-Mark Parker St. Pete Catalyst
The recently announced closure of a Pinellas Park Walmart Neighborhood Market has county officials concerned for residents – not for people living in that city, but for the 21,500 in nearby Lealman.
According to Google Maps, the unincorporated town sits just over a mile south of the store, at 6900 U.S. Highway 19 N. Pinellas County’s leadership considers Lealman underserved and designated it as a community redevelopment area (CRA).
Local officials have spent time and money to uplift the community, a food desert due to its lack of a single grocer. In addition, Neil Brickfield, executive director of the Pinellas Housing Authority, noted Lealman has one of the lowest vehicle ownership rates in the county.
“Which means a lot of people walk to the grocery store,” added Brickfield. “This is a devastating blow for the residents in that area.”
While there is a Winn-Dixie, a Target and other stores in Pinellas Park, the Neighborhood Market is the closest to Lealman’s geographic center. Many of its residents walk to gas stations for food, and Brickfield said Walmart closing that location leaves “a big hole.”
In a Feb. 8 announcement, corporate officials said the store “did not meet our financial expectations.” It will close March 10, and local leaders are scrambling for solutions.
“Lealman is a classic food desert,” Brickfield said. “Low income, over a mile to access a grocery store. I wish they (retailers) would take into account the neighborhoods they’re in and the challenges those residents face.”
He noted that bringing a grocery store to Lealman has been a top priority for county officials for years. However, despite numerous discussions, corporate representatives have said the community’s demographics do not align with company metrics.
County Commissioner Charlie Justice said that is why he and his colleagues have focused on periodically bringing the St. Pete Free Clinic, Farm Share and other nonprofit organizations that provide fresh fruit and vegetables to Lealman. He noted that nutrition is unavailable to residents who rely on convenience stores for food.
He said several people have worked to establish a permanent nonprofit grocer in the area, but “we just haven’t had the right combination of timing, location and partners.”
“I know it’s a big deal,” Justice said. “If they’re struggling with transportation and buying food at the convenience stores, they’re overpaying for the basics. Publix or Winn-Dixie might be a couple of bus rides away.”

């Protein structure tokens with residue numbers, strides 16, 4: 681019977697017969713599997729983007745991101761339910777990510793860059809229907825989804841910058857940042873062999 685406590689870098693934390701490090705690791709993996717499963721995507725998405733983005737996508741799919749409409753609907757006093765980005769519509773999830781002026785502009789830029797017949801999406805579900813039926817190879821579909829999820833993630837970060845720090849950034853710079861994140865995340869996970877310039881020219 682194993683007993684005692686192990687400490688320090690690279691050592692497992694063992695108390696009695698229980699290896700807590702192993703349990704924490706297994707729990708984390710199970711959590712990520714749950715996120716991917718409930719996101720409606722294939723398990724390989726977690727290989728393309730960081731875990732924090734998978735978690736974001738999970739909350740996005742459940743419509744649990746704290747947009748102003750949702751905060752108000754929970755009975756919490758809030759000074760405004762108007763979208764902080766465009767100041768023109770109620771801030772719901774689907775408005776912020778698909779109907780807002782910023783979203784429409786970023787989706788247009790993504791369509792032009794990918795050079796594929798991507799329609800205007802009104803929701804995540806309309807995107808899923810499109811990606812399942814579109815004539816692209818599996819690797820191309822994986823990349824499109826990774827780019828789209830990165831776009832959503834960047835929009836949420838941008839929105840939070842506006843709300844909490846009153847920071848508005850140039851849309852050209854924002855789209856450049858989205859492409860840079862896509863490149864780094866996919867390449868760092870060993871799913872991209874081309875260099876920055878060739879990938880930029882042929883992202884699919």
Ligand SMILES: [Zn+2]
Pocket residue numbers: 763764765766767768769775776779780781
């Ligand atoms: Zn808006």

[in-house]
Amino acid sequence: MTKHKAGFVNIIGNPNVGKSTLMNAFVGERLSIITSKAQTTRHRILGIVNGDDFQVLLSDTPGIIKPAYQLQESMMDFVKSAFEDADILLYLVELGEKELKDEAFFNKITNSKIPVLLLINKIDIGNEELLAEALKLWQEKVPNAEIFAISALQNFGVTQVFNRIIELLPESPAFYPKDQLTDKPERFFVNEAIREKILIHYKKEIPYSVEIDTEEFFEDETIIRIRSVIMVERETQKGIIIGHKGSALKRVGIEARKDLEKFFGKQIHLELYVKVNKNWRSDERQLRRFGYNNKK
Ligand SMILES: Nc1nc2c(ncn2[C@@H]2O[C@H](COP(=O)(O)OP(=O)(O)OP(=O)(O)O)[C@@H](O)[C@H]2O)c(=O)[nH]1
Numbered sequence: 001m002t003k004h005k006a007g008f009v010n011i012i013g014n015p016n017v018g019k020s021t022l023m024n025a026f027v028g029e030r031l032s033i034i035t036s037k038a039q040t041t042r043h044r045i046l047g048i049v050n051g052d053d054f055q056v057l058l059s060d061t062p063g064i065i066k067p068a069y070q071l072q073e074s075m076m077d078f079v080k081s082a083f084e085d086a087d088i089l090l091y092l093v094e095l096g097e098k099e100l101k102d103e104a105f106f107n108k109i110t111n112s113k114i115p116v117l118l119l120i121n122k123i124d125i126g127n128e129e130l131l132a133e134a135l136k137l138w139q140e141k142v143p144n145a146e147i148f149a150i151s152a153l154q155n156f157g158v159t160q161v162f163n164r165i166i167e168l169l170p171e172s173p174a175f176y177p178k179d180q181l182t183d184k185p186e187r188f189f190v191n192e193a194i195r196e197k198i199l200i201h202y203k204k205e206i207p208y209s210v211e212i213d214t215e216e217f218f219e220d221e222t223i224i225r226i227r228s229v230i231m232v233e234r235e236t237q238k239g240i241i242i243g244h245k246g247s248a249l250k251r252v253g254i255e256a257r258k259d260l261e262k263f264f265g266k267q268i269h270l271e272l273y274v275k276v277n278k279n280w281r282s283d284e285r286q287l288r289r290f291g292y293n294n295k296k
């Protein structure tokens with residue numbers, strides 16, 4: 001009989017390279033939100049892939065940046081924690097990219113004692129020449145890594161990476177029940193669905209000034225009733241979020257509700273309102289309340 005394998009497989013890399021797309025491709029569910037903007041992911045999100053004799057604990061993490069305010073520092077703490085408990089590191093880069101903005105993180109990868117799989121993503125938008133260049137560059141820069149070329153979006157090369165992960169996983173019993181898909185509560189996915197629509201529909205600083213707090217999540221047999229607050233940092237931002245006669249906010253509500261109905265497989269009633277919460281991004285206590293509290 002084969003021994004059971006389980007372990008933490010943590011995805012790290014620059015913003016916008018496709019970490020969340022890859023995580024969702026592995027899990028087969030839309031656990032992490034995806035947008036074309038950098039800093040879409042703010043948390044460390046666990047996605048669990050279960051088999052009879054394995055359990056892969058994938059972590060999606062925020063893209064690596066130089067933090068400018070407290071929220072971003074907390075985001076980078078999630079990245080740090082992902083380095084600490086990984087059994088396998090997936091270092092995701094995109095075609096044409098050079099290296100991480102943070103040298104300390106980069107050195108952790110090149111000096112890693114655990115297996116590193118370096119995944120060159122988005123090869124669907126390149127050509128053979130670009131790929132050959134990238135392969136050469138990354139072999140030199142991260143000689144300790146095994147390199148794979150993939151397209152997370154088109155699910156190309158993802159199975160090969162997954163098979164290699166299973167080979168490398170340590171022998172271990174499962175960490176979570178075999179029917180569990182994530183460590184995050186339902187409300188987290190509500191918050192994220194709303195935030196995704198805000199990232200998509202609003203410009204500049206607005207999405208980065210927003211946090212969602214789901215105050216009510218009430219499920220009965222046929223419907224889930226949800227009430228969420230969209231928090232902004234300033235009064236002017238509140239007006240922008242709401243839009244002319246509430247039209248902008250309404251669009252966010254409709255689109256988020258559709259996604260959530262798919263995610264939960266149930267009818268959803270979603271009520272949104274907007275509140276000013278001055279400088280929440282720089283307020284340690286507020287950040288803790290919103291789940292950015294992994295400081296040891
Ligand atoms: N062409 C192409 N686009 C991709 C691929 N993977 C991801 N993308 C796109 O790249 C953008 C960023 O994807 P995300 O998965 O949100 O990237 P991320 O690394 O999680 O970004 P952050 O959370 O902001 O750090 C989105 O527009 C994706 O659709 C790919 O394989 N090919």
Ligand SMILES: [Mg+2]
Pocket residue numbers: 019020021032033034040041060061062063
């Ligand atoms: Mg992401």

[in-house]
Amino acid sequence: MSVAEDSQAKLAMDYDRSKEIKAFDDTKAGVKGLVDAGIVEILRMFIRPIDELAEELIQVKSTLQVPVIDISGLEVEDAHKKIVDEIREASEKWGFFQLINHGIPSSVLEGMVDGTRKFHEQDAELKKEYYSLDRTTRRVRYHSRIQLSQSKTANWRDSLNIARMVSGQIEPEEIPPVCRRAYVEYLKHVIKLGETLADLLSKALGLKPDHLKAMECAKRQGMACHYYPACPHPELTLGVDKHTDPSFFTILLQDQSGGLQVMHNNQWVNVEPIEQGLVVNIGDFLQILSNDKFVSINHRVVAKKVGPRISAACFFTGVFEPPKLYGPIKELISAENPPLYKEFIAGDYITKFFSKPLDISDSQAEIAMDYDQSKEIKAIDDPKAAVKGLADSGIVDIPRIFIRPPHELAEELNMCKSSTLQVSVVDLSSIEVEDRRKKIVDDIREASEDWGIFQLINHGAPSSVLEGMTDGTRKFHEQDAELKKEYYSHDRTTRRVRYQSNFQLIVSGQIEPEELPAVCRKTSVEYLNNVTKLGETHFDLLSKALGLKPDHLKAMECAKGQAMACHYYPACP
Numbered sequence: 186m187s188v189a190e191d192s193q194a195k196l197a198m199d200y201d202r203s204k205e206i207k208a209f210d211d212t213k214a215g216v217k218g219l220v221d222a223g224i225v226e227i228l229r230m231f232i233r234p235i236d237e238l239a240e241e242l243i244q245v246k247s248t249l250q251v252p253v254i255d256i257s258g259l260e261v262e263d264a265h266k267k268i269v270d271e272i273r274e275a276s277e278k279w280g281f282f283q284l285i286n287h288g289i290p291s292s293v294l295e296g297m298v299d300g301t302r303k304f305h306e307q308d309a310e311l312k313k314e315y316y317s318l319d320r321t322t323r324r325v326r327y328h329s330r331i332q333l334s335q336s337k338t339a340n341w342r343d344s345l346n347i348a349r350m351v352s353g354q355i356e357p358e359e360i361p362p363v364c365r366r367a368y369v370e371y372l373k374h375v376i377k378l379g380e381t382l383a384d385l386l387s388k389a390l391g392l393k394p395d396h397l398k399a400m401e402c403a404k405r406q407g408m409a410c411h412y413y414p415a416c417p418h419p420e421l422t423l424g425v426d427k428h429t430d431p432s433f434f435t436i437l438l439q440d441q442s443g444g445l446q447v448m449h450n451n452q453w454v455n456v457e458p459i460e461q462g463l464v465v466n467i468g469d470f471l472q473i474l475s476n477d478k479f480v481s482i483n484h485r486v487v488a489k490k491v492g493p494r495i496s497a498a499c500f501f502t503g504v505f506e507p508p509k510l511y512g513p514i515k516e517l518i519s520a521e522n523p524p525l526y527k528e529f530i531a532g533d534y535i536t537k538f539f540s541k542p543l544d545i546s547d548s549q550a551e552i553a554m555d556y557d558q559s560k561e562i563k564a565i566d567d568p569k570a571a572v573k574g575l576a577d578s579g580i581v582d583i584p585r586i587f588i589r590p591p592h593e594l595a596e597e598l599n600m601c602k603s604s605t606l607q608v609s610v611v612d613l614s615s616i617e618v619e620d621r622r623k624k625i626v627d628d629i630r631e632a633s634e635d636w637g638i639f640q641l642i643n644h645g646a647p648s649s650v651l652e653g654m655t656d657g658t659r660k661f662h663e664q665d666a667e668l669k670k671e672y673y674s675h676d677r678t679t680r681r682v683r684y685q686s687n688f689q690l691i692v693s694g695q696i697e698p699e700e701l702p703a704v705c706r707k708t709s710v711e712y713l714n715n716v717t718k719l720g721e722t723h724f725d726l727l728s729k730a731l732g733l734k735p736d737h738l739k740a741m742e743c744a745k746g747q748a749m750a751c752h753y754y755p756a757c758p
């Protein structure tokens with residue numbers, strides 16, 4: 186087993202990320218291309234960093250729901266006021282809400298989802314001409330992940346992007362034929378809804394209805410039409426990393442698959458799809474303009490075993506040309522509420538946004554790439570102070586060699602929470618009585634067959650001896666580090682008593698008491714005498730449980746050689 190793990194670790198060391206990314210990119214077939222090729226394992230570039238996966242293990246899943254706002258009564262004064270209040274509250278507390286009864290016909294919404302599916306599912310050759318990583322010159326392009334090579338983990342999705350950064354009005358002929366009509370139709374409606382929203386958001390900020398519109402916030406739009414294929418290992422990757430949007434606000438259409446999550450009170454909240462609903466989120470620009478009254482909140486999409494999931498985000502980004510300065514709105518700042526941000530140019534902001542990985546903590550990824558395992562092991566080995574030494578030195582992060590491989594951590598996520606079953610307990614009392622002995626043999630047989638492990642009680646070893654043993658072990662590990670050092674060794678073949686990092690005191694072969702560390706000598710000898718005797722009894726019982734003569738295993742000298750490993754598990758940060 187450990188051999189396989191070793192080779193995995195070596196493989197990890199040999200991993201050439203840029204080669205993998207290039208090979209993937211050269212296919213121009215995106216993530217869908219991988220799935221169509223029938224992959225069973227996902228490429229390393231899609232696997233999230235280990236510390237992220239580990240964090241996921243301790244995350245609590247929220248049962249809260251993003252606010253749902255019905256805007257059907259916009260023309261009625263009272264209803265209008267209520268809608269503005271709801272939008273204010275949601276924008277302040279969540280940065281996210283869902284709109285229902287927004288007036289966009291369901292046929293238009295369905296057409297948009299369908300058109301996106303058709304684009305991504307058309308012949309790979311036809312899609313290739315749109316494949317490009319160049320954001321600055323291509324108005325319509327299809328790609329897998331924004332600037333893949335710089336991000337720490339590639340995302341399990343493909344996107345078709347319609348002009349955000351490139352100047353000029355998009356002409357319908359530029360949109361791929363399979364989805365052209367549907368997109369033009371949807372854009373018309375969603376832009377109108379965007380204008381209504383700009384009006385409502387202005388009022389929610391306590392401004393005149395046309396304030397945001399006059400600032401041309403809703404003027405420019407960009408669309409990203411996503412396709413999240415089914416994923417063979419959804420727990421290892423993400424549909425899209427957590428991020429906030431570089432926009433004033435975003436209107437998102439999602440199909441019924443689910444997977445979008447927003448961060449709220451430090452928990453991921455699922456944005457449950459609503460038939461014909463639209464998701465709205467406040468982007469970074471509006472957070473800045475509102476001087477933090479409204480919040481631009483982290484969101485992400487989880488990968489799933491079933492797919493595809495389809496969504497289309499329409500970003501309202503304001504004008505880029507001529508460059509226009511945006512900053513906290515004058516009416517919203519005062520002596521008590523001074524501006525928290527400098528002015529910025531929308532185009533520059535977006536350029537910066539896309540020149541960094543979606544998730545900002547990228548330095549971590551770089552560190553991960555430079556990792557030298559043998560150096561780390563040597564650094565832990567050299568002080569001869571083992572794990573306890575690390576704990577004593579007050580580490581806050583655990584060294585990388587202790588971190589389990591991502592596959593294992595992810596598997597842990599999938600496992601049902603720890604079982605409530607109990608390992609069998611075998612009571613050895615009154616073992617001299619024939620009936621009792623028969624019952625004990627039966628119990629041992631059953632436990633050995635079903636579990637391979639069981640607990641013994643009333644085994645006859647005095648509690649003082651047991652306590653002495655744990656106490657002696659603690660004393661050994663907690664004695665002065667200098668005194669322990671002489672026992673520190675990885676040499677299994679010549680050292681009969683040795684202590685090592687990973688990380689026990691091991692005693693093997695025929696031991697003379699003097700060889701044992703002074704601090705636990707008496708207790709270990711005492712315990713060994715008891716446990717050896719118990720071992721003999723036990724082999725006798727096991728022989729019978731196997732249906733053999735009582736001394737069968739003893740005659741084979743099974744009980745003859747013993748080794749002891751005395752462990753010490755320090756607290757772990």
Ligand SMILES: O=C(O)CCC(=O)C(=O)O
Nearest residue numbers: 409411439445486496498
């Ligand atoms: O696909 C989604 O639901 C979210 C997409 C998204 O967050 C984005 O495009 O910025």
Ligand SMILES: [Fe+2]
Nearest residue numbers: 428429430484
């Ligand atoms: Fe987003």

Like Brickfield, Justice relayed his concern that the closure would exacerbate the food desert to colleagues immediately following the announcement. He also noted that South St. Petersburg has struggled with the same problem for years.
City officials bought Tangerine Plaza in 2017 after its Walmart Neighborhood Market closed. Despite multiple efforts, the community around the plaza at 1794 22nd St. S. has remained a food desert ever since.
“Those guys (grocers) are pretty shrewd,” Justice said. “They know what they’re doing. They know where they thrive financially.”
There is hope.
Justice relayed that Publix has a new corporate community relations representative, and the two will soon meet. They will discuss the company’s expansion process and how it could partner with underserved areas.
He also believes recent efforts to uplift Lealman could entice stores to move into the community. Habitat for Humanity of Pinellas and West Pasco Counties is building 14 new homes in the CRA, and Justice said several multifamily projects are in the pipeline.
In addition, he said the county planning department is compiling a food access study that will help inform the decision-making process.
“We want to work with a Publix or a Winn Dixie or an Aldi and say, ‘you know, we’re investing a lot, and we want you to come and be a part of this on the ground floor,’” Justice added. “And I’m hopeful that one of those entities will see the light and come join us in the future of Lealman.”
However, he noted that the lack of department and grocery stores could dissuade people from moving to the area in the first place. Justice said county officials need those businesses to improve the current quality of life and to attract the next generation of Lealman residents.
He said subsidizing and incentivizing companies to move into the community is “certainly a possibility.” Easing zoning or parking restrictions are also an option, but all would require regulatory planning and a willing partner.
“If there was a Publix or one of those grocery stores that wanted to come to Lealman – we’re all ears,” Justice said. “We’ll work to make it happen.”